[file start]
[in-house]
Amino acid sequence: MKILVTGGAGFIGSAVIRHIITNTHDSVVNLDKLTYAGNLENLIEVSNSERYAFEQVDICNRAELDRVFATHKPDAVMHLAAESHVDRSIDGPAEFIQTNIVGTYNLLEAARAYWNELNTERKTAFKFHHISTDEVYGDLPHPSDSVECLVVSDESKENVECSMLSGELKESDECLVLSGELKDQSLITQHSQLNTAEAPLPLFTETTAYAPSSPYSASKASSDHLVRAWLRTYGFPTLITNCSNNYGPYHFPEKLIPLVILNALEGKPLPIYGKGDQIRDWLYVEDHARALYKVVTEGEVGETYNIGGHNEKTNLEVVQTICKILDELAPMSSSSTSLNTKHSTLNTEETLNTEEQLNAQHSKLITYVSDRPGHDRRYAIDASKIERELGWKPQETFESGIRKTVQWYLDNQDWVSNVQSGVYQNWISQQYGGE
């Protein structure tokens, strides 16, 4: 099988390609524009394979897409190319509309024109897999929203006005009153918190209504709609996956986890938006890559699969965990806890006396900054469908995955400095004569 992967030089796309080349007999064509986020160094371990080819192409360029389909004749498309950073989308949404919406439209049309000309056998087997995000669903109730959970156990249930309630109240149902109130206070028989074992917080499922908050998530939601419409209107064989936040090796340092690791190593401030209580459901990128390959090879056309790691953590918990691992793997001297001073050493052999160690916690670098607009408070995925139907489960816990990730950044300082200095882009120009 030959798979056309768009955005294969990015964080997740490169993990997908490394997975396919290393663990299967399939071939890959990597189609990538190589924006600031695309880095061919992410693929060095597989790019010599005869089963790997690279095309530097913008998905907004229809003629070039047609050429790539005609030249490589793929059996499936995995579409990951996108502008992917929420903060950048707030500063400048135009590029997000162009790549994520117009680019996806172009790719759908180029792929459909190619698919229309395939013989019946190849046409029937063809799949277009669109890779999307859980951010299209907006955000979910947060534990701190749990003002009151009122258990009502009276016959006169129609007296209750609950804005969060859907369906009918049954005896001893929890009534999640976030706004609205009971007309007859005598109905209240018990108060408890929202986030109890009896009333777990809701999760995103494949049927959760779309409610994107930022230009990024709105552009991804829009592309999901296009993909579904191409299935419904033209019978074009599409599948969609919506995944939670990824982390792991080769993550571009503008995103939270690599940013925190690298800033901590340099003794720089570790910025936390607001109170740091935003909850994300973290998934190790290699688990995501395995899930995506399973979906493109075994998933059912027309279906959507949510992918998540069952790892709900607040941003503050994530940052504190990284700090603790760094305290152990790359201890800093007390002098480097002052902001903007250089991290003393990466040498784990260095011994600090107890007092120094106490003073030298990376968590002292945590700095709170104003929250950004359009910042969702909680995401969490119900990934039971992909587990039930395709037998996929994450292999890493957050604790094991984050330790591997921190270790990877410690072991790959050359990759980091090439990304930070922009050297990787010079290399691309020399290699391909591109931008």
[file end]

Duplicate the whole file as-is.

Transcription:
[in-house]
Amino acid sequence: MKILVTGGAGFIGSAVIRHIITNTHDSVVNLDKLTYAGNLENLIEVSNSERYAFEQVDICNRAELDRVFATHKPDAVMHLAAESHVDRSIDGPAEFIQTNIVGTYNLLEAARAYWNELNTERKTAFKFHHISTDEVYGDLPHPSDSVECLVVSDESKENVECSMLSGELKESDECLVLSGELKDQSLITQHSQLNTAEAPLPLFTETTAYAPSSPYSASKASSDHLVRAWLRTYGFPTLITNCSNNYGPYHFPEKLIPLVILNALEGKPLPIYGKGDQIRDWLYVEDHARALYKVVTEGEVGETYNIGGHNEKTNLEVVQTICKILDELAPMSSSSTSLNTKHSTLNTEETLNTEEQLNAQHSKLITYVSDRPGHDRRYAIDASKIERELGWKPQETFESGIRKTVQWYLDNQDWVSNVQSGVYQNWISQQYGGE
């Protein structure tokens, strides 16, 4: 099988390609524009394979897409190319509309024109897999929203006005009153918190209504709609996956986890938006890559699969965990806890006396900054469908995955400095004569 992967030089796309080349007999064509986020160094371990080819192409360029389909004749498309950073989308949404919406439209049309000309056998087997995000669903109730959970156990249930309630109240149902109130206070028989074992917080499922908050998530939601419409209107064989936040090796340092690791190593401030209580459901990128390959090879056309790691953590918990691992793997001297001073050493052999160690916690670098607009408070995925139907489960816990990730950044300082200095882009120009 030959798979056309768009955005294969990015964080997740490169993990997908490394997975396919290393663990299967399939071939890959990597189609990538190589924006600031695309880095061919992410693929060095597989790019010599005869089963790997690279095309530097913008998905907004229809003629070039047609050429790539005609030249490589793929059996499936995995579409990951996108502008992917929420903060950048707030500063400048135009590029997000162009790549994520117009680019996806172009790719759908180029792929459909190619698919229309395939013989019946190849046409029937063809799949277009669109890779999307859980951010299209907006955000979910947060534990701190749990003002009151009122258990009502009276016959006169129609007296209750609950804005969060859907369906009918049954005896001893929890009534999640976030706004609205009971007309007859005598109905209240018990108060408890929202986030109890009896009333777990809701999760995103494949049927959760779309409610994107930022230009990024709105552009991804829009592309999901296009993909579904191409299935419904033209019978074009599409599948969609919506995944939670990824982390792991080769993550571009503008995103939270690599940013925190690298800033901590340099003794720089570790910025936390607001109170740091935003909850994300973290998934190790290699688990995501395995899930995506399973979906493109075994998933059912027309279906959507949510992918998540069952790892709900607040941003503050994530940052504190990284700090603790760094305290152990790359201890800093007390002098480097002052902001903007250089991290003393990466040498784990260095011994600090107890007092120094106490003073030298990376968590002292945590700095709170104003929250950004359009910042969702909680995401969490119900990934039971992909587990039930395709037998996929994450292999890493957050604790094991984050330790591997921190270790990877410690072991790959050359990759980091090439990304930070922009050297990787010079290399691309020399290699391909591109931008």